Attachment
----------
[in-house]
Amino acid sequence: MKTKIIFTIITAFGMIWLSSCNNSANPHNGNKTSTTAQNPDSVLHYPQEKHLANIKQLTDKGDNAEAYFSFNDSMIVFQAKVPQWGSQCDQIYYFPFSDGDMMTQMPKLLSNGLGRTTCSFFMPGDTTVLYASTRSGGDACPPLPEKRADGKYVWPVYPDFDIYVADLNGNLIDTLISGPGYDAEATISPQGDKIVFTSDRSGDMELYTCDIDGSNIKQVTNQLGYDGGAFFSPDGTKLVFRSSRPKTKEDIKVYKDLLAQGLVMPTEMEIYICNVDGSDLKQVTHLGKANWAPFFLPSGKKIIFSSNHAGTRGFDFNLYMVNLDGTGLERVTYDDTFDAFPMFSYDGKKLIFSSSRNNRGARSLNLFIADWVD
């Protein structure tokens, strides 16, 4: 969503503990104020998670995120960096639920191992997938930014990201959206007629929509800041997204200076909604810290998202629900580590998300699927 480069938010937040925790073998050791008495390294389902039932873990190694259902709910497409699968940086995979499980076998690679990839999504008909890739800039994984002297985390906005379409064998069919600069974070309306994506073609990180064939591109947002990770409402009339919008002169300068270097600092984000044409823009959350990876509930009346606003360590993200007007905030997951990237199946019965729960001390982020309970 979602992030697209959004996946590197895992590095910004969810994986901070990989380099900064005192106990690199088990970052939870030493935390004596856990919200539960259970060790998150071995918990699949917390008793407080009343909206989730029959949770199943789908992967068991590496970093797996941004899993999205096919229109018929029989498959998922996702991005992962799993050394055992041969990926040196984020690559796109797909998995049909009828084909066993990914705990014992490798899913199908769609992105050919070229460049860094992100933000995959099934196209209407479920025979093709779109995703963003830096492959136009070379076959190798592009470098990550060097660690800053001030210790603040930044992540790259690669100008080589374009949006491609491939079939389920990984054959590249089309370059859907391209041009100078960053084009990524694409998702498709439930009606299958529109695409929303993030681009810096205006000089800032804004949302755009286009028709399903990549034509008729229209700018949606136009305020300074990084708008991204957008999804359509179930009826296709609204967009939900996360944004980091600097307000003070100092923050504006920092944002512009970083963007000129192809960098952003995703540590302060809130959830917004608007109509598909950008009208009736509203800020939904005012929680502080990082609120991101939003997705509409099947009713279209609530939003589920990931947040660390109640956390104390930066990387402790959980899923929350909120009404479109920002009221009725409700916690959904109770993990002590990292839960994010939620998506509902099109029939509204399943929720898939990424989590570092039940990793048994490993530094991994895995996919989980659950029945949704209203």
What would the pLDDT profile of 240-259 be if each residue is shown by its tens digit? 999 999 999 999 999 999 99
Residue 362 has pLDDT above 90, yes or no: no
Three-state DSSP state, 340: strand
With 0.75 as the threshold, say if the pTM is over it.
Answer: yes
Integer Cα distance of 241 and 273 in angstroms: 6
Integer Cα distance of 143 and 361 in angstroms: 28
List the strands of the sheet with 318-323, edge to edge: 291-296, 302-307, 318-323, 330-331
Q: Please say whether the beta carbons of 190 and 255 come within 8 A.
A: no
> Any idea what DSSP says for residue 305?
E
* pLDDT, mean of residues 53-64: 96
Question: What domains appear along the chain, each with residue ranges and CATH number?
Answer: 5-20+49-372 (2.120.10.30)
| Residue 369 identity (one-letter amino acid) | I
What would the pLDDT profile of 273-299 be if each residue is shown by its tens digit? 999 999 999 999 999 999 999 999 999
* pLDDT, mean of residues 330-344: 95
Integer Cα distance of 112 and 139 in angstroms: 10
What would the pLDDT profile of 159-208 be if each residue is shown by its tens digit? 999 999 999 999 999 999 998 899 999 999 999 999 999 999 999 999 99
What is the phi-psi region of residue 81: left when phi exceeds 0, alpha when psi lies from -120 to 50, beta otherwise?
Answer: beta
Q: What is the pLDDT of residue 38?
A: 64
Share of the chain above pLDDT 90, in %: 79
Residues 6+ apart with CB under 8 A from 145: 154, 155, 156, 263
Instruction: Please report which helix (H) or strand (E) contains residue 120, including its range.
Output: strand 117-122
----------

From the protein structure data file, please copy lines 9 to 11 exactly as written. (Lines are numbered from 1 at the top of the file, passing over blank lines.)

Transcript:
Integer Cα distance of 241 and 273 in angstroms: 6
Integer Cα distance of 143 and 361 in angstroms: 28
List the strands of the sheet with 318-323, edge to edge: 291-296, 302-307, 318-323, 330-331